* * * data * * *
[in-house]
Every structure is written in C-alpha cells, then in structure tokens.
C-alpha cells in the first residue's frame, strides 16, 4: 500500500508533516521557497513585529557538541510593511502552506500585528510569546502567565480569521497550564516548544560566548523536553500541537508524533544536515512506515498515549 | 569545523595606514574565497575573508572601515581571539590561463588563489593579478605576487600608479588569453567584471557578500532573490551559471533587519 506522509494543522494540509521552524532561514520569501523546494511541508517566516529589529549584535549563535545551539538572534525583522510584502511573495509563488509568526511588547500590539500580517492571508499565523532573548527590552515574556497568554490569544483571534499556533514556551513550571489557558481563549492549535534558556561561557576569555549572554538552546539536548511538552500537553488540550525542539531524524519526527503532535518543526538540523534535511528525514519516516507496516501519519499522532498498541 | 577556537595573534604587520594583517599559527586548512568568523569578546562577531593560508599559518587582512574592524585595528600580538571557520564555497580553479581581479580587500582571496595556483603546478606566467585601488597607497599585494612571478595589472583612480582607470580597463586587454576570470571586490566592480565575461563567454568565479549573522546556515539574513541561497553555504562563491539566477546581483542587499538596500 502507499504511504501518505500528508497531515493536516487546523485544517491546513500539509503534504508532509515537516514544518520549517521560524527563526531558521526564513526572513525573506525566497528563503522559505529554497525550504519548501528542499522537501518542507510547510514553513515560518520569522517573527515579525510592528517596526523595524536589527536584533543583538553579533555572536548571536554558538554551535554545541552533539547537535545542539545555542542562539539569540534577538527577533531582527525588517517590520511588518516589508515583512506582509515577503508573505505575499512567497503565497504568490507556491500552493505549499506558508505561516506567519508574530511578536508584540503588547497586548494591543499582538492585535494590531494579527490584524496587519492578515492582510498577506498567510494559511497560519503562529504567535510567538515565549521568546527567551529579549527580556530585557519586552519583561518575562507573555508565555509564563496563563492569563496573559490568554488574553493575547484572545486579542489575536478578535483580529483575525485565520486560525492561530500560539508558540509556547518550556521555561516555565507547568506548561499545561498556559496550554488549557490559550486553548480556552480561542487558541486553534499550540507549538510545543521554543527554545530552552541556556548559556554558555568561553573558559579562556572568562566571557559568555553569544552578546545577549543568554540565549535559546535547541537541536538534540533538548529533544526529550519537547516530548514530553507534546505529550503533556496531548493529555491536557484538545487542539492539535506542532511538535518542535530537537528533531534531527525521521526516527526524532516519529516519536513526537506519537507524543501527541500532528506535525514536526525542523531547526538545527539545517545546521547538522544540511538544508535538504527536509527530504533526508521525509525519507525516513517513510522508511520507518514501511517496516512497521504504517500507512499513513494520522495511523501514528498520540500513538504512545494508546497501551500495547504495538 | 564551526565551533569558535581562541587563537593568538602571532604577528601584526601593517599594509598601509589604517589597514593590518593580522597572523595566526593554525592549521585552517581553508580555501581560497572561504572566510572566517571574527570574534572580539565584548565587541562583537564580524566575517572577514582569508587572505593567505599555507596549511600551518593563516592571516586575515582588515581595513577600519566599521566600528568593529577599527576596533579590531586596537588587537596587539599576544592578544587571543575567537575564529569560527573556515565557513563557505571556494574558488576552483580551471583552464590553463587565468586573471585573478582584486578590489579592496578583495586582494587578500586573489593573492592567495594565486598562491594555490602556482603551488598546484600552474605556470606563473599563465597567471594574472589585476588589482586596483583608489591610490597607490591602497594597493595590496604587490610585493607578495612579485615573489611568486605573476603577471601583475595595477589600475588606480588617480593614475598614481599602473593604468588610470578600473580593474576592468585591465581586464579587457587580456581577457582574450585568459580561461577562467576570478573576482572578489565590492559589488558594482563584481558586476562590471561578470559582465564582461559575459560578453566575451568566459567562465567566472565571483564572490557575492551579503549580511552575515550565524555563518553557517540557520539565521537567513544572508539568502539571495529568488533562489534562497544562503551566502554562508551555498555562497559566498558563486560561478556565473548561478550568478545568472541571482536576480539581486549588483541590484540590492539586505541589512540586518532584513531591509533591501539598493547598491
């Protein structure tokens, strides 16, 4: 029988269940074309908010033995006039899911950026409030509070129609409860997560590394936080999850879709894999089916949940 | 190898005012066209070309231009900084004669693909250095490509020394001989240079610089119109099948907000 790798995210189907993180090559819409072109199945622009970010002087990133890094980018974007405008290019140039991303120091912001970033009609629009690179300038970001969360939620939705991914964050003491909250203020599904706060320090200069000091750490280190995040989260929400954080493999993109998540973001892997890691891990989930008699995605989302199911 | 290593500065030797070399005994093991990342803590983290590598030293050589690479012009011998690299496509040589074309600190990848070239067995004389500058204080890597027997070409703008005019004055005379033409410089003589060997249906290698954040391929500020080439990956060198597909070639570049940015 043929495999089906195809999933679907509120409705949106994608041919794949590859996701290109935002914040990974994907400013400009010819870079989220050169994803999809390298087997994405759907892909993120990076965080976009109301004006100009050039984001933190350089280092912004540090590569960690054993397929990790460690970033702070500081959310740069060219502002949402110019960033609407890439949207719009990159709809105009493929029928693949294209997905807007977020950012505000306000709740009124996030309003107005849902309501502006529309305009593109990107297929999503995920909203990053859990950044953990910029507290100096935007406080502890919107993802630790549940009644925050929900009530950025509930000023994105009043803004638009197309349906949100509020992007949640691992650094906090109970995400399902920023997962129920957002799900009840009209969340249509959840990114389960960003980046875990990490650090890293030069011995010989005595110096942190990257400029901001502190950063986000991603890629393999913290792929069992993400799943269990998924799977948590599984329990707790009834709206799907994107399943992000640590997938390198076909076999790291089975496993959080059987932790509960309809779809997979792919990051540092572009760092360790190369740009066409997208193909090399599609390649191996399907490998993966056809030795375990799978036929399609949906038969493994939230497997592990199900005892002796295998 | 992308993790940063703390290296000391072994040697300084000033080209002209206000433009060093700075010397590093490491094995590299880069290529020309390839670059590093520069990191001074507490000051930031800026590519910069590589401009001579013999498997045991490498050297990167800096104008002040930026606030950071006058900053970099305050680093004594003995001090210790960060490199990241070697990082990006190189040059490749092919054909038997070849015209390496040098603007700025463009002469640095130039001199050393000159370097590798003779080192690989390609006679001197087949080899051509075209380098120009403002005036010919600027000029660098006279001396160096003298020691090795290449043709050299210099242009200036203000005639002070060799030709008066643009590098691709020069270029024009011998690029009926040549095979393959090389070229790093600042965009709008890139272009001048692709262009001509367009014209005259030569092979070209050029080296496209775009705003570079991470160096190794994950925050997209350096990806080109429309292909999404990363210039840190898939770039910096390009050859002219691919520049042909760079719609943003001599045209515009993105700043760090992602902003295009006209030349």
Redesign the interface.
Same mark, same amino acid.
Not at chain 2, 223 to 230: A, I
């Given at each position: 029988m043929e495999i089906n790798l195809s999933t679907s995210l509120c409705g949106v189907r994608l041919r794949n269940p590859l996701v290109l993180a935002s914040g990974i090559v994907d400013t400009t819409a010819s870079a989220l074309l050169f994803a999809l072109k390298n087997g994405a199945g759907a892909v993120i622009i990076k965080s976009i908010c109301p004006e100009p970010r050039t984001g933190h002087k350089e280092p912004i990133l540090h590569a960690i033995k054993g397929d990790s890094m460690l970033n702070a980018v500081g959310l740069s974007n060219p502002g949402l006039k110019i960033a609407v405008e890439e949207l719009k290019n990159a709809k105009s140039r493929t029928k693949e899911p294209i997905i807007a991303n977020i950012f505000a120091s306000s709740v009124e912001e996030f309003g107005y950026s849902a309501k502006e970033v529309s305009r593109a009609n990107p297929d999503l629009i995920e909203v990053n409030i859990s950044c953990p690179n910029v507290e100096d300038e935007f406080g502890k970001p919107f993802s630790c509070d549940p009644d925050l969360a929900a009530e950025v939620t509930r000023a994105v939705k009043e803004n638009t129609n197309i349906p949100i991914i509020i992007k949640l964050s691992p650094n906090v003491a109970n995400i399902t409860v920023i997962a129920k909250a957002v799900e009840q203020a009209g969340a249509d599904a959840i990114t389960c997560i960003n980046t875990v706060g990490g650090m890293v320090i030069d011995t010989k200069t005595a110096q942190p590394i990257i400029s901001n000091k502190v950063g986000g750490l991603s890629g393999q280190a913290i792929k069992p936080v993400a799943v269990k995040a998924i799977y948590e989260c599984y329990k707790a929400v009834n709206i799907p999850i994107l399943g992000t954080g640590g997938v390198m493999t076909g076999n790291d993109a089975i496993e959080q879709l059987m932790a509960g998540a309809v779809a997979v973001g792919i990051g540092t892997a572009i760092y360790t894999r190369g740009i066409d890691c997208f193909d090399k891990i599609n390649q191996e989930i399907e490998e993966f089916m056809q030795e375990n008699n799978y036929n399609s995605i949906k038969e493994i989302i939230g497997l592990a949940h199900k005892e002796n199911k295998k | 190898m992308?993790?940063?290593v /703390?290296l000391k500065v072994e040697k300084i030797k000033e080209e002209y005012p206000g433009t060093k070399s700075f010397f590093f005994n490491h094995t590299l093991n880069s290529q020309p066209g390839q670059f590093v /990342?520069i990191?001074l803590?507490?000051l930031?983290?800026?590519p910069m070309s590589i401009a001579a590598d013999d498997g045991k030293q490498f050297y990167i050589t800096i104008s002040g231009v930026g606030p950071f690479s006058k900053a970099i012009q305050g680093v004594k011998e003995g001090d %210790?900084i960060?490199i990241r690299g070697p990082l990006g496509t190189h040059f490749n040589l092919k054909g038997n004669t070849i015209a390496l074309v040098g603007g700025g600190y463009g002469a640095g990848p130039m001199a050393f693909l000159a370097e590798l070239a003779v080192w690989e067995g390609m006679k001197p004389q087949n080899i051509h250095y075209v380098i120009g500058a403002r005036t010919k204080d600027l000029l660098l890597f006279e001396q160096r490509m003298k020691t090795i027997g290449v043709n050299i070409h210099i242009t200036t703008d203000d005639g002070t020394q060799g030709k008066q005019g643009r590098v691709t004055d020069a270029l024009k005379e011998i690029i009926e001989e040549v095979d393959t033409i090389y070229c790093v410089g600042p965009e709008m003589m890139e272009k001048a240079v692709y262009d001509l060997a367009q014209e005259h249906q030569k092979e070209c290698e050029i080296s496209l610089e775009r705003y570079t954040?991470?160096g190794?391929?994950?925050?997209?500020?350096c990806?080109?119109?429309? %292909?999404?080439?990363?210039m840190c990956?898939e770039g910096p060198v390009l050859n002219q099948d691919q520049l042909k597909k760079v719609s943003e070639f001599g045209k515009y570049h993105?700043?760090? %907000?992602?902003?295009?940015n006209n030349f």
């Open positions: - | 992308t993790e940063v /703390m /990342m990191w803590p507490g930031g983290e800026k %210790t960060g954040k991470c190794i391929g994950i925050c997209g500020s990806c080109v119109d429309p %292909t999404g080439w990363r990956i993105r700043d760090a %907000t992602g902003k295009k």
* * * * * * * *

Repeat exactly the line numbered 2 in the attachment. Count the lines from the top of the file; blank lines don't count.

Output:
Every structure is written in C-alpha cells, then in structure tokens.